The days of our seemingly open border with Canada are gone following the 9/11 attacks.  But a study released jointly by four partners finds that Buffalo-Niagara's crossings are the busiest along the entire Canadian border - while Detroit Windsor gets more truck traffic, more overall traffic crosses both ways in this region. 

A newly released report summarizes a study of trends at the crossings over the past few years, seeks to find out why people are crossing or not crossing, and offers recommendations for maximizing the crossings for economic growth.

The Erie County Sheriff's Department is continuing their investigation of several absentee ballots recently mailed out that reportedly had Republican and incumbent county executive Chris Collins' name already checked. 

While the Sheriff's office is not commenting on the status of their probe, reports are surfacing that they are close to making an arrest .  The prime suspect, according to television station WIVB's website, is a Democratic clerk within the county's Board of Elections.

Along Washington Street in Buffalo there sits a former medical office building that was created by joining two houses built in 1915.  It's currently unused but will soon be retrofitted with energy efficient technology.  It's the first project in a new partnership involving National Grid and the Buffalo Niagara Medical Campus, known as "Energize BNMC."  The building, when finished, will be opened as a model home to educate the public about ideas for energy efficiency. 

Williamsville Centeral School District

A forum at Williamsville South High School aims to give parents more knowledge to recognize warning signs of adolescent depression or worse.

It is designed to help parents recognize the signs of adolescent depression and spot the warnings that they may try to harm themselves. 

The forum is known as "Out of the Darkness" and takes place from 6:30 p.m. to 8:30 p.m. Tuesday evening.

 Phil Chearmonte shares his family's own painful story.  Chearmonte's son ended his life early last year.

Google image

Route 219 is part expressway, part two-lane road.  The route has been expanded in segments up until two years ago, when work was halted by then-governor David Paterson.  Inside the Mahoney State Office Building, some of Western New York's representatives heard from advocates, business leaders, educators and union leaders about why it's important to get Route 219 expansion moving again.

One speaker told lawmakers that an improved infrastructure is critical to luring interested businesses to this region.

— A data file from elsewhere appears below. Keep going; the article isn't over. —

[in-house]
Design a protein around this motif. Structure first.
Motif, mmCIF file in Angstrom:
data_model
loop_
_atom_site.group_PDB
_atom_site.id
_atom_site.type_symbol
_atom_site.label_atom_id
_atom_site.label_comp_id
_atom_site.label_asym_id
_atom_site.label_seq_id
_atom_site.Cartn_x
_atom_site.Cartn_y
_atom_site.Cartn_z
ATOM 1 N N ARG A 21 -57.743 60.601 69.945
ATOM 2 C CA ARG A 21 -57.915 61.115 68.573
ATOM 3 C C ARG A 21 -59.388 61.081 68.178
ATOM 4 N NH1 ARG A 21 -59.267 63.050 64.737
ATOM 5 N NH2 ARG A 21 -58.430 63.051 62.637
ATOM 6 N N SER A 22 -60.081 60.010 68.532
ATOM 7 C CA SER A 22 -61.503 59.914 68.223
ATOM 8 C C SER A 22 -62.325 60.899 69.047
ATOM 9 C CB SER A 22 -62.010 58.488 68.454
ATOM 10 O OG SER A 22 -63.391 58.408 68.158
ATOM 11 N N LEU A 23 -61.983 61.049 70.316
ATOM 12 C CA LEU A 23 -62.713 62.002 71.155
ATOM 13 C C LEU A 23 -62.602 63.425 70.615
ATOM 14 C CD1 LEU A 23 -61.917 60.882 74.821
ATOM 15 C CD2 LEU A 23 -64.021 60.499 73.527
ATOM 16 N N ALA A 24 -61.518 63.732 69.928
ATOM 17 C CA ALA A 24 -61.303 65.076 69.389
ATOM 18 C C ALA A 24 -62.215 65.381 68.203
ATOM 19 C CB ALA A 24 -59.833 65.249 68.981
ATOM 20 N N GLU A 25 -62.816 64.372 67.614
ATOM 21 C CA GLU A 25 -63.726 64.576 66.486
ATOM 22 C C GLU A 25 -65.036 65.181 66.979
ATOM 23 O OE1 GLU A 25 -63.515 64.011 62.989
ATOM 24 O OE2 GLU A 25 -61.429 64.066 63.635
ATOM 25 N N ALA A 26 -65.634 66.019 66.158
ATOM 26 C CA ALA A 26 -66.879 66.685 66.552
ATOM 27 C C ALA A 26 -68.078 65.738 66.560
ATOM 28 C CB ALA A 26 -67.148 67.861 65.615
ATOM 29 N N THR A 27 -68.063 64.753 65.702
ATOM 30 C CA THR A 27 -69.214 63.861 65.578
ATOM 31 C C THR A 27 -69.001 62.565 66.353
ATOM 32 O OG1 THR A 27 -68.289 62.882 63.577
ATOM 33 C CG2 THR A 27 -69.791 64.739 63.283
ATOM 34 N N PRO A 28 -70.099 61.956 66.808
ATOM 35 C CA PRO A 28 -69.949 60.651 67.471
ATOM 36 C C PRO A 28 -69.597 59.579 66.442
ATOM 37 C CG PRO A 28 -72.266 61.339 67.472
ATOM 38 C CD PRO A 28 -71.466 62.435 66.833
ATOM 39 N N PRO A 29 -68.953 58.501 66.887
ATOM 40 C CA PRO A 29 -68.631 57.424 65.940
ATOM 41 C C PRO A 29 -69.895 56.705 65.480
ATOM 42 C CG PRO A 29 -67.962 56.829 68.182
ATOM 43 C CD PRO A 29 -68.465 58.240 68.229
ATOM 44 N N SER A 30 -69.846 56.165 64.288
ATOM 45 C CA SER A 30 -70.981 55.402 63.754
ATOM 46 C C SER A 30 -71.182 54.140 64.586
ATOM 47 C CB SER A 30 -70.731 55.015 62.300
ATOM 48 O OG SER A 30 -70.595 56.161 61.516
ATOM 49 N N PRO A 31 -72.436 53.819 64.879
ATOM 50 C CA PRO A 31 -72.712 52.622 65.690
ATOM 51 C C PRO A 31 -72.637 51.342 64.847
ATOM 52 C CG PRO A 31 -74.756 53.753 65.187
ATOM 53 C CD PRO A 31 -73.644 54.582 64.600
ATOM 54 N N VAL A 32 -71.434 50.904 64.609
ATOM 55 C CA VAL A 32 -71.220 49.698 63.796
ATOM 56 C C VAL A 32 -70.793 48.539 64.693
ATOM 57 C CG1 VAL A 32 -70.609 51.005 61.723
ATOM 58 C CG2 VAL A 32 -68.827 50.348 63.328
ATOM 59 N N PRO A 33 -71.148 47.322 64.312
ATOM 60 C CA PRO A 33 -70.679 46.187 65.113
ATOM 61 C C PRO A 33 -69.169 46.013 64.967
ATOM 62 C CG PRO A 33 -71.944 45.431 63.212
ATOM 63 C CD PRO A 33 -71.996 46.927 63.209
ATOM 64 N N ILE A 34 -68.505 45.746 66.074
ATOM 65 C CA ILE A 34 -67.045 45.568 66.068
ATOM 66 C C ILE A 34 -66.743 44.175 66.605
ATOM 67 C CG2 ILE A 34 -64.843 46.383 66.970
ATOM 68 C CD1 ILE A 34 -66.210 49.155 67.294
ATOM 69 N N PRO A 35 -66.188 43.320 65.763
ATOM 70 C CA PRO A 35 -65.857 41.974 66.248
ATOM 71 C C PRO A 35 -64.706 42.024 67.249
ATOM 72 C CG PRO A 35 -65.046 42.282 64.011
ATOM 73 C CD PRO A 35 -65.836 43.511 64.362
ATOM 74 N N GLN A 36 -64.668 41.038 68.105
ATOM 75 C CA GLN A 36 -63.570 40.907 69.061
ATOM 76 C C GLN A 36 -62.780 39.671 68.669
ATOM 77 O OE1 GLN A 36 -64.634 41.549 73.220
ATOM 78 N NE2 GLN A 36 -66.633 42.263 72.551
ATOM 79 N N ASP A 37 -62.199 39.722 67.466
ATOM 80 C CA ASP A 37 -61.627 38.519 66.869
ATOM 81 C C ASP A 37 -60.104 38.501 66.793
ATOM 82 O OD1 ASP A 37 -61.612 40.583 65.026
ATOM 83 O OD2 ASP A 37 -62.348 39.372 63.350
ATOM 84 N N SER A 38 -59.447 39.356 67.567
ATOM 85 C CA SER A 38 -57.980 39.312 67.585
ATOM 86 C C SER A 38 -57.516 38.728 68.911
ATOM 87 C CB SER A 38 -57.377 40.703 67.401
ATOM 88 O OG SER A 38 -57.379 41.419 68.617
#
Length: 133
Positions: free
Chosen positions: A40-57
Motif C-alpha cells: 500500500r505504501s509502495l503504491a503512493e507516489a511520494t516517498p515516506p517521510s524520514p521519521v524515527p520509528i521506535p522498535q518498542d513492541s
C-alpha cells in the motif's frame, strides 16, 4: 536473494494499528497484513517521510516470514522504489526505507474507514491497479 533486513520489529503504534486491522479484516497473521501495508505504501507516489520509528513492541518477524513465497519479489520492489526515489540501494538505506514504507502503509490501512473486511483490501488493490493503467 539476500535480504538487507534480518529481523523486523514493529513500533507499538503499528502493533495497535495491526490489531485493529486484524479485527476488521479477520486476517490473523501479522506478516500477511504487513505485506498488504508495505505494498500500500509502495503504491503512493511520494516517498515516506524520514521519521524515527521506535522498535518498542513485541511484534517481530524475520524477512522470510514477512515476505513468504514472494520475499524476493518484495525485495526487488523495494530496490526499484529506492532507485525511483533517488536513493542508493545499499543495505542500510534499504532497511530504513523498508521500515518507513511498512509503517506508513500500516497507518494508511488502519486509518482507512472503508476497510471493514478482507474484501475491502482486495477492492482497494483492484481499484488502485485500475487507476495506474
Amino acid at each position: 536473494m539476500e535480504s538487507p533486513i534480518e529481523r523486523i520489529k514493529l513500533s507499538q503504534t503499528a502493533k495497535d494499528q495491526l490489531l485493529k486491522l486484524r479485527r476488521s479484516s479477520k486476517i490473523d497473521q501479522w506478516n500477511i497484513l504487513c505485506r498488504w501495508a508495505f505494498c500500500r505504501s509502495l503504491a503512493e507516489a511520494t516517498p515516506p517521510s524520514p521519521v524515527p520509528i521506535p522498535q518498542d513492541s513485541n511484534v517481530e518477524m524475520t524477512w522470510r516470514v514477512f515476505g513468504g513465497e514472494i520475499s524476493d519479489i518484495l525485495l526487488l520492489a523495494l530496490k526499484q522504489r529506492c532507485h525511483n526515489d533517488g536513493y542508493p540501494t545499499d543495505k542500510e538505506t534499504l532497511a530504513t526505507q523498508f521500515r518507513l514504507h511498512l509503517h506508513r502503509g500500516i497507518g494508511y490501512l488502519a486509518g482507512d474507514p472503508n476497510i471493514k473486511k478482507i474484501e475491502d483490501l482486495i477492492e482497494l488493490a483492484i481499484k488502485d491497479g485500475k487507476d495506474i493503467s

An estimated 2,500 out-of-town visitors are in Buffalo attending the National Trust for Historic Preservation conference, which was formally launched at a news conference in Buffalo's City Hall on Wednesday morning. Officials at the National Trust for Historic Preservation believe their 65th annual gathering may set a new attendance record.

Buffalo leaders are looking forward to showing off the historic architectural and cultural gems still used, from public buildings to schools, to places of worship to neighborhood districts.

 More than 2,000 people are expected to participate in this week's National Trust for Historic Preservation Conference in Buffalo.   While the formal opening ceremony takes place Wednesday, students at Buffalo's Waterfront Elementary School were busy Tuesday raising a scaled-down classic American structure, a barn.  Among those watching the barn raising was Stephanie Meeks, president of the National Trust for Historic preservation.

The Buffalo Sabres play their first home game of the NHL's 2011-2012 regular season Friday night.

On Wednesday, the team showed off the results of its' multi-million dollar overhaul of the team's facilities.  

WBFO's Michael Mroziak was on the tour and says even seasoned Sabres beat reporters were awestruck by the team's new digs.  


Yesterday in Erie County Hall, legislators were urged to support a resolution calling on New York State to get tougher with its anti-bullying laws.  WBFO's Michael Mroziak spoke with a local State Assemblyman to find out just how lawmakers in Albany are taking on the topic of bullying.

In several locations throughout Western New York and the nation this morning, volunteers were reading the children's book "Llama Llama Red Pajama." The mass reading of this popular book had two goals... first, to set a world record and second, and more importantly, to raise awareness of early educational gaps caused when children are not reading at an early age.

State Senator Mark Grisanti is telling the Buffalo News that in spite of the criticism he's getting from conservatives for his vote to legalize gay marriage, he has no plans to jump back to the Democratic Party.

Grisanti has led some to speculate whether the Republican might return to his original party, but Grisanti is telling the newspaper he's comfortable in his place with the G.O.P.

In Buffalo, State Assemblyman Sean Ryan suggests Grisanti remaining a Republican works to the advantage of the entire local delegation.

Bullying has been happening for generations, but more recently it has become a mainstream topic following the suicide of an Amherst teen who reportedly suffered frequent abuse by bullies.